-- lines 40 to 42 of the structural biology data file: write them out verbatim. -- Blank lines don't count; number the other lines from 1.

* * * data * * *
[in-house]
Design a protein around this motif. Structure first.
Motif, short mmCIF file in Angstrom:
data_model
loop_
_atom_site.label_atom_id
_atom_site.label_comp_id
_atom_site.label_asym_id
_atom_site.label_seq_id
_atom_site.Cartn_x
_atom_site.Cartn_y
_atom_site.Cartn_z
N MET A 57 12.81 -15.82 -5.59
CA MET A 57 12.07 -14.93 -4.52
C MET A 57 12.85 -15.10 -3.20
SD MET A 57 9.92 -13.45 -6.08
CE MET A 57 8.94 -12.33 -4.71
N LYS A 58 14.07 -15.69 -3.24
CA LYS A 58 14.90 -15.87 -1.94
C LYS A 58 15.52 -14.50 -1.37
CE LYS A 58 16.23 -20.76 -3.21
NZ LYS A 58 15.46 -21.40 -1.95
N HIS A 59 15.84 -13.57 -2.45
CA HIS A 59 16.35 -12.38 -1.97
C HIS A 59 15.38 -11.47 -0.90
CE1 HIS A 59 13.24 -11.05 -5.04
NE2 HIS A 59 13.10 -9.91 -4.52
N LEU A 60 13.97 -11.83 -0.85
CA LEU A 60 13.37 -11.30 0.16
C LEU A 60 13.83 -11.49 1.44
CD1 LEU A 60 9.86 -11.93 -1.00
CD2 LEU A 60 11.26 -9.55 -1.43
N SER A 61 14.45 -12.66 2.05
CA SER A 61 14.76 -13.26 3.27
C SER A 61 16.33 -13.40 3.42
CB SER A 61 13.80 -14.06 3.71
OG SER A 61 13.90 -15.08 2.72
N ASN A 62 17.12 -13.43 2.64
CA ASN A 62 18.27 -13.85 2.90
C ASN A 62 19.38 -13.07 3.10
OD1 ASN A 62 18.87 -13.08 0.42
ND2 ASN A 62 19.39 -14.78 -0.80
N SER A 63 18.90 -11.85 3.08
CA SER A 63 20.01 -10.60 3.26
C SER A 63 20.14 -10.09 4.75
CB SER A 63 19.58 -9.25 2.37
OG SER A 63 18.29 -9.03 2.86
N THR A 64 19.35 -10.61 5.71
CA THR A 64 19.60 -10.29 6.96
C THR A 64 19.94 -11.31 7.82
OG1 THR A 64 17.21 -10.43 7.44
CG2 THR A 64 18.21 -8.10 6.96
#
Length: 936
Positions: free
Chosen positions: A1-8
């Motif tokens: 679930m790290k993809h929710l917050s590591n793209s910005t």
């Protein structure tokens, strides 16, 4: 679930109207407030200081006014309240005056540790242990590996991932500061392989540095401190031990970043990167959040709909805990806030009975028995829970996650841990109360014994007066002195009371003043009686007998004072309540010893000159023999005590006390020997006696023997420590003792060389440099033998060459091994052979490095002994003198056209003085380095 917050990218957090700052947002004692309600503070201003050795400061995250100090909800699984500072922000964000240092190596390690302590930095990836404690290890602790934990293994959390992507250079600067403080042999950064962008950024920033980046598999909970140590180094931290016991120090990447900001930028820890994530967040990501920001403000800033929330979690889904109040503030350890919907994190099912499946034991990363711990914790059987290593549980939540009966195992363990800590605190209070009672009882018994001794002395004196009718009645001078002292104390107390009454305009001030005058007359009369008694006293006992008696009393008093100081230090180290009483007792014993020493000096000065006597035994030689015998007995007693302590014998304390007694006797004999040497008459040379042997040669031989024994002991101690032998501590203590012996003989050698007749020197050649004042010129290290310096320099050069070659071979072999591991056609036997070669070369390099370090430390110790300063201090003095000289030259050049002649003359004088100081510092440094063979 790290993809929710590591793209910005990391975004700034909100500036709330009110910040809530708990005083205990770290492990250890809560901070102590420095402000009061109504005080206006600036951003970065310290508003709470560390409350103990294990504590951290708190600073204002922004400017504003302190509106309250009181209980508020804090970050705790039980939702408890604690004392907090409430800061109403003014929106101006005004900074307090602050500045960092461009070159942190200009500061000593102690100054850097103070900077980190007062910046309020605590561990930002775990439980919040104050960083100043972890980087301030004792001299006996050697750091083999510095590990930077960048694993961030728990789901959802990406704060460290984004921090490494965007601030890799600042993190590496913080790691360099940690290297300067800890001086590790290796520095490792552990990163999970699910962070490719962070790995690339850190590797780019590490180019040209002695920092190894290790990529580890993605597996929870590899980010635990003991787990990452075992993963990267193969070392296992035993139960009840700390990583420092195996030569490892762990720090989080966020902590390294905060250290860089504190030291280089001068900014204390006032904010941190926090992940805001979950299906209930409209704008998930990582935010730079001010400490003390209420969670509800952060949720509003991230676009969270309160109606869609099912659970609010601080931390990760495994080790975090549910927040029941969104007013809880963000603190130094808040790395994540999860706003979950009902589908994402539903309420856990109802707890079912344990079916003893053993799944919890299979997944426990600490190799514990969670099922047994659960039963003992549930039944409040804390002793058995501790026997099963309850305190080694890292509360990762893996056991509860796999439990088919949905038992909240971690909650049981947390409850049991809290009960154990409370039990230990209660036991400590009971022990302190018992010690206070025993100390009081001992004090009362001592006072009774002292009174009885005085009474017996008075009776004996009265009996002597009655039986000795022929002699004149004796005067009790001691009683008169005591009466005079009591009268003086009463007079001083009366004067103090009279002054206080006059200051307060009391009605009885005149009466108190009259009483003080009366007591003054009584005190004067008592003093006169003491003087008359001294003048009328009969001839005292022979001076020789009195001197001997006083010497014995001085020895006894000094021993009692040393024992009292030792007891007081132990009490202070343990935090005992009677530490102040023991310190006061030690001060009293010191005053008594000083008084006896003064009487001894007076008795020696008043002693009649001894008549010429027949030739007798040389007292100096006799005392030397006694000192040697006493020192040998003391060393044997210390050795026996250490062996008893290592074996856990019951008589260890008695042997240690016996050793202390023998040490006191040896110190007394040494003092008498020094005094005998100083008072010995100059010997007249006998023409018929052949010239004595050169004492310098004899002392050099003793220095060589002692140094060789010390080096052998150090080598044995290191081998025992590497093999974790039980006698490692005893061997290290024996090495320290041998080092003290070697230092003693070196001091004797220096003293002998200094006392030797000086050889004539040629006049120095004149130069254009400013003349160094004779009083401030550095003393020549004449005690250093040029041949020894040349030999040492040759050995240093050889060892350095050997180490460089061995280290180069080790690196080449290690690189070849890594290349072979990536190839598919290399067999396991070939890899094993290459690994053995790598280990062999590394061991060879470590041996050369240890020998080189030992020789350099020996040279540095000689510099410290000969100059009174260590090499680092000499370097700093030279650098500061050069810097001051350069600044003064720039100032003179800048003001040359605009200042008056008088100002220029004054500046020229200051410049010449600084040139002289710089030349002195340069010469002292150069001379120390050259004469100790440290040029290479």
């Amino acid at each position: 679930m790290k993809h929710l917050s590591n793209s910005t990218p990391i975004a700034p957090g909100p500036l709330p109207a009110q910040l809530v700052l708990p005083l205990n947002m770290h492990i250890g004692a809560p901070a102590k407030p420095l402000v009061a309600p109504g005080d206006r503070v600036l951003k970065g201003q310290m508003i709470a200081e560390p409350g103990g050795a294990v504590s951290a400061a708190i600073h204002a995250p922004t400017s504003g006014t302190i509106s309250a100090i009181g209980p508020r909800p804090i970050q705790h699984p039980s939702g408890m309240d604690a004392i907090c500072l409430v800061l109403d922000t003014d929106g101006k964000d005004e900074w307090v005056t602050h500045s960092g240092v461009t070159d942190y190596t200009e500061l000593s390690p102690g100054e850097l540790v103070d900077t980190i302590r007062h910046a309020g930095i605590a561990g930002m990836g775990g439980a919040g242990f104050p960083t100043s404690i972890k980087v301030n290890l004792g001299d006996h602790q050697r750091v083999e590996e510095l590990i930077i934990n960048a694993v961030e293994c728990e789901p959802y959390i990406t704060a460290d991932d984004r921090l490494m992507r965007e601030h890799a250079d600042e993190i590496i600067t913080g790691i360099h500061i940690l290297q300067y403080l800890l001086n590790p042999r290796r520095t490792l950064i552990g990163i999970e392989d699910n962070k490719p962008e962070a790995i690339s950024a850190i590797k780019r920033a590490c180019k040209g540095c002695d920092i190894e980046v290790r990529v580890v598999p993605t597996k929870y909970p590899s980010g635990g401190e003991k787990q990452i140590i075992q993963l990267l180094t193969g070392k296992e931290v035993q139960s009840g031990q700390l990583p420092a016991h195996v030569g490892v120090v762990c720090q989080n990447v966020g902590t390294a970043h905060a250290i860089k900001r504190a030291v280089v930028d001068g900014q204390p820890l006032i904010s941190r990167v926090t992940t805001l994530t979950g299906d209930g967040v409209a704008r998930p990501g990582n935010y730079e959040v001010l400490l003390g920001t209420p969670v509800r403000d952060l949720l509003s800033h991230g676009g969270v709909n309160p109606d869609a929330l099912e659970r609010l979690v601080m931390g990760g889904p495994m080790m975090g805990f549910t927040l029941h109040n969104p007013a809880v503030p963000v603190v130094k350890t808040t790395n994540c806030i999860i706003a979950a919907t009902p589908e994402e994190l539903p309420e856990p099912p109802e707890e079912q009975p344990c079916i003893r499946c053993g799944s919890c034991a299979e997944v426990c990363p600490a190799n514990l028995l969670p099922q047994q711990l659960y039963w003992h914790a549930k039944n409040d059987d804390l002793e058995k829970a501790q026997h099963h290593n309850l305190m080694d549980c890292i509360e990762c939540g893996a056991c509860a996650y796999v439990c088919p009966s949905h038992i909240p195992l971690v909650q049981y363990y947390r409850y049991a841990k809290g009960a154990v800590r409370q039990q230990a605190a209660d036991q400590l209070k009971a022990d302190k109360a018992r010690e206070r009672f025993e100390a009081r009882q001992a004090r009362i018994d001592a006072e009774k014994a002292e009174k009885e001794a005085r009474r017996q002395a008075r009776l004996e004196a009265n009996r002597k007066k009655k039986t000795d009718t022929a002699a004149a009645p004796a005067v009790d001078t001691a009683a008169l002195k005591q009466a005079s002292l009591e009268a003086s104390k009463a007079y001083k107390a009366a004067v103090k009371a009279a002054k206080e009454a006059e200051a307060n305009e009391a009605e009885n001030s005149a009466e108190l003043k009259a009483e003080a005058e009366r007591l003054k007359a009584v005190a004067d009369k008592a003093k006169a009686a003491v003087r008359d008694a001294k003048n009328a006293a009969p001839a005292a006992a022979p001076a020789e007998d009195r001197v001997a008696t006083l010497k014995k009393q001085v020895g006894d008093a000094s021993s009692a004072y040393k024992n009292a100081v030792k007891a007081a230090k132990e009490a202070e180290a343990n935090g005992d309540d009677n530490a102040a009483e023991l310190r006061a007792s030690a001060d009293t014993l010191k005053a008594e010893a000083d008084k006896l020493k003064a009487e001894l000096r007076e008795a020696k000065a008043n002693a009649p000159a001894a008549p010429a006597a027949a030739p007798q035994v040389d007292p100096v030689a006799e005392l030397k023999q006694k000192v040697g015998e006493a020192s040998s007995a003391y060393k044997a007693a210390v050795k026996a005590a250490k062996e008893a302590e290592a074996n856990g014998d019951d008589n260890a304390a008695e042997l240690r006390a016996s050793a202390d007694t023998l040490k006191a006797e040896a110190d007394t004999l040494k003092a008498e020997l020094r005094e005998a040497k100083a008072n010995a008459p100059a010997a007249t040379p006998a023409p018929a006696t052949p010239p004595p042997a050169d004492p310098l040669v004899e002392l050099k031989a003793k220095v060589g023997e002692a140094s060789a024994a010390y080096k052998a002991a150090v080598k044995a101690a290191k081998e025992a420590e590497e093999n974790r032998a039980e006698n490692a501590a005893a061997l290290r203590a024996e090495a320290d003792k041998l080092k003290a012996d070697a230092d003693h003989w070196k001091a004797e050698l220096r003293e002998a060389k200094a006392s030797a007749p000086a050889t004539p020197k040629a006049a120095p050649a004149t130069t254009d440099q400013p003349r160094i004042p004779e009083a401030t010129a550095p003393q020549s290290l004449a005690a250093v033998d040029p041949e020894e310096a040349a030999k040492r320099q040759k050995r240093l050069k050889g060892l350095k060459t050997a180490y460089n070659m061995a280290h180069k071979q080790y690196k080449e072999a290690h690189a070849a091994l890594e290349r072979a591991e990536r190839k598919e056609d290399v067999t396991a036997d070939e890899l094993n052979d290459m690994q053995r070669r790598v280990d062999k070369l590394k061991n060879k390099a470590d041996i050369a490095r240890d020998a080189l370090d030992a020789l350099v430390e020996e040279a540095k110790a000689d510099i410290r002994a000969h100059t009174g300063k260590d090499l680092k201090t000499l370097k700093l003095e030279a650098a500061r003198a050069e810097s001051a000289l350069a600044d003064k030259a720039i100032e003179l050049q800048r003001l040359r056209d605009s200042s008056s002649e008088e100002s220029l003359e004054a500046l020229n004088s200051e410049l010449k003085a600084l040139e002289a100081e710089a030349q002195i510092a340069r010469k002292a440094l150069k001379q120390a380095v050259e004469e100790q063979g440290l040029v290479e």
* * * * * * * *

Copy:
C ASN A 62 19.38 -13.07 3.10
OD1 ASN A 62 18.87 -13.08 0.42
ND2 ASN A 62 19.39 -14.78 -0.80